To determine the prognostic value of angiogenesis factor expression for patients with muscle-invasive transitional cell carcinoma (TCC) of the bladder treated with neoadjuvant methotrexate, vinblastine,doxorubicin, and cisplatin (M-VAC) chemotherapy and radical cystectomy,we evaluated the expression of basic fibroblast growth factor (bFGF),vascular endothelial growth factor (VEGF), and interleukin 8(IL-8) by in situ hybridization, and we determined microvessel density (MVD) by immunohistochemistry. These factors were evaluated in 55 biopsy specimens prior to therapy and in the cystectomy specimens of 51 patients after completion of therapy. By univariate analysis, VEGF expression and MVD in the biopsy specimens were significant predictors of disease recurrence. By multivariate analysis,only VEGF expression was an independent prognostic factor. Pathological stage, bFGF expression, and MVD in the cystectomy specimens after therapy were all independent prognostic factors for disease recurrence. The results of this exploratory study indicate that the expression levels of VEGF and bFGF as indicated by in situhybridization and MVD as indicated by immunohistochemistry identify patients with muscle-invasive TCC who are at high risk of developing metastasis after aggressive therapy with systemic M-VAC chemotherapy and radical cystectomy.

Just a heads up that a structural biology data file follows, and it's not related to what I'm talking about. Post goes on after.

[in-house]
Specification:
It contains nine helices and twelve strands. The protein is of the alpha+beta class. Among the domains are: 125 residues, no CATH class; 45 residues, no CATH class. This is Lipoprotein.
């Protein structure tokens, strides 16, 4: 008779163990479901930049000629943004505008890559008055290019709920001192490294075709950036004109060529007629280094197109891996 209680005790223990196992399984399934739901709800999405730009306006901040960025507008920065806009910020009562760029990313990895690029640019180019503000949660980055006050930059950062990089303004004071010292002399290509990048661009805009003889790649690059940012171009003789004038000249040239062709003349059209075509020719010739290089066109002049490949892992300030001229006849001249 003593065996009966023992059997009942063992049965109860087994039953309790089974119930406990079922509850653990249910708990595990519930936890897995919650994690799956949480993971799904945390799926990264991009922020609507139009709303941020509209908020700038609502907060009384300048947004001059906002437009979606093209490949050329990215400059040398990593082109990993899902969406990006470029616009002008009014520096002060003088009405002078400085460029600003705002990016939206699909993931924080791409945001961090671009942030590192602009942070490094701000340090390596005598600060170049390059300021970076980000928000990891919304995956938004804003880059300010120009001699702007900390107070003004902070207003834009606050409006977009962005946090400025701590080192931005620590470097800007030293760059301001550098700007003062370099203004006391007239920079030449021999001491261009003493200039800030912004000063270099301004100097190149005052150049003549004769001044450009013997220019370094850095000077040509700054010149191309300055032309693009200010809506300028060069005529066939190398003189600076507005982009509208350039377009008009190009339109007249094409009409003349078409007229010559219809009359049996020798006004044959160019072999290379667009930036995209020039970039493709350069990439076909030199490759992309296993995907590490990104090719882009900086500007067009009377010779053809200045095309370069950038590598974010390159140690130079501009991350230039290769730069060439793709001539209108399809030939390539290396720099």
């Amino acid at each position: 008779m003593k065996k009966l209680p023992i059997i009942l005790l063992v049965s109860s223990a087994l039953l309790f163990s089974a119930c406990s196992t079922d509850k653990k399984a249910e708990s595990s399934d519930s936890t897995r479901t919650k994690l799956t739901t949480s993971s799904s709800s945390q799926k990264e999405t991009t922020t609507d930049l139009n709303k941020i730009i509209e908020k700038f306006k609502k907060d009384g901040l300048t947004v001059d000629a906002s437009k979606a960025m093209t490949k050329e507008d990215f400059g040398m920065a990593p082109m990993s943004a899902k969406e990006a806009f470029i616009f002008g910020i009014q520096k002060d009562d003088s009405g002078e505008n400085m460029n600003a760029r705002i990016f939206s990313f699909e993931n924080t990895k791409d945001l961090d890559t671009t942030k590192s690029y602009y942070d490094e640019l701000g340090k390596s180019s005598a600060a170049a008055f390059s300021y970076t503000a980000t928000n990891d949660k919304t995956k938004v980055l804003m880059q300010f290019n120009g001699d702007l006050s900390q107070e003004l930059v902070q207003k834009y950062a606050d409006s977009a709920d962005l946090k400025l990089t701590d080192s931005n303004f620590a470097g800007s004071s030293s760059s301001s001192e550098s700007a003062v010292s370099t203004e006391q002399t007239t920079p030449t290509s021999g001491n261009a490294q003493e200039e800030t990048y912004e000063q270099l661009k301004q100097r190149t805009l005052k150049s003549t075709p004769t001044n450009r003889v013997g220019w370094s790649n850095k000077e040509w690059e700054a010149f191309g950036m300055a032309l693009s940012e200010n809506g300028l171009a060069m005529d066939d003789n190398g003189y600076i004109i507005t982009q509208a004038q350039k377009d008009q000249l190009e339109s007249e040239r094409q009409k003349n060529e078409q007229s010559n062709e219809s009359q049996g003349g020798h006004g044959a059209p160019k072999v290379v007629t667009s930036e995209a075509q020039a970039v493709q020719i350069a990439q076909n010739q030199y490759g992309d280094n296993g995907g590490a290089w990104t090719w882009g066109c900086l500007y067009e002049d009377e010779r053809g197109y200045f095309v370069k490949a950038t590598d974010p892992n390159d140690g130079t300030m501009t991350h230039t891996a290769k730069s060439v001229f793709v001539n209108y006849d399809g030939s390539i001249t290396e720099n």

TCC4of the bladder is the fifth most common solid malignancy in the United States (1). In the United States every year, this malignancy is diagnosed in ∼54,000 patients and results in 12,000 deaths. The standard treatment for operable invasive bladder cancer is surgery, whereas systemic chemotherapy is the only viable therapeutic option for patients with distant metastasis (2, 3, 4, 5). Although radical cystectomy will cure a substantial fraction of patients with minimally invasive TCC, many patients with deeply muscle-invasive or extravesical disease treated by radical cystectomy alone die of metastatic TCC (6). For this reason, patients at the Kochi Medical School with muscle-invasive TCC are currently uniformly treated with neoadjuvant M-VAC chemotherapy followed by radical cystectomy. Despite this aggressive approach, some patients still relapse, and nearly all of these will die of metastatic disease that is resistant to conventional chemotherapy. Therefore, it is important to identify prognostic markers that predict for disease recurrence so that we can design and implement more effective therapeutic strategies.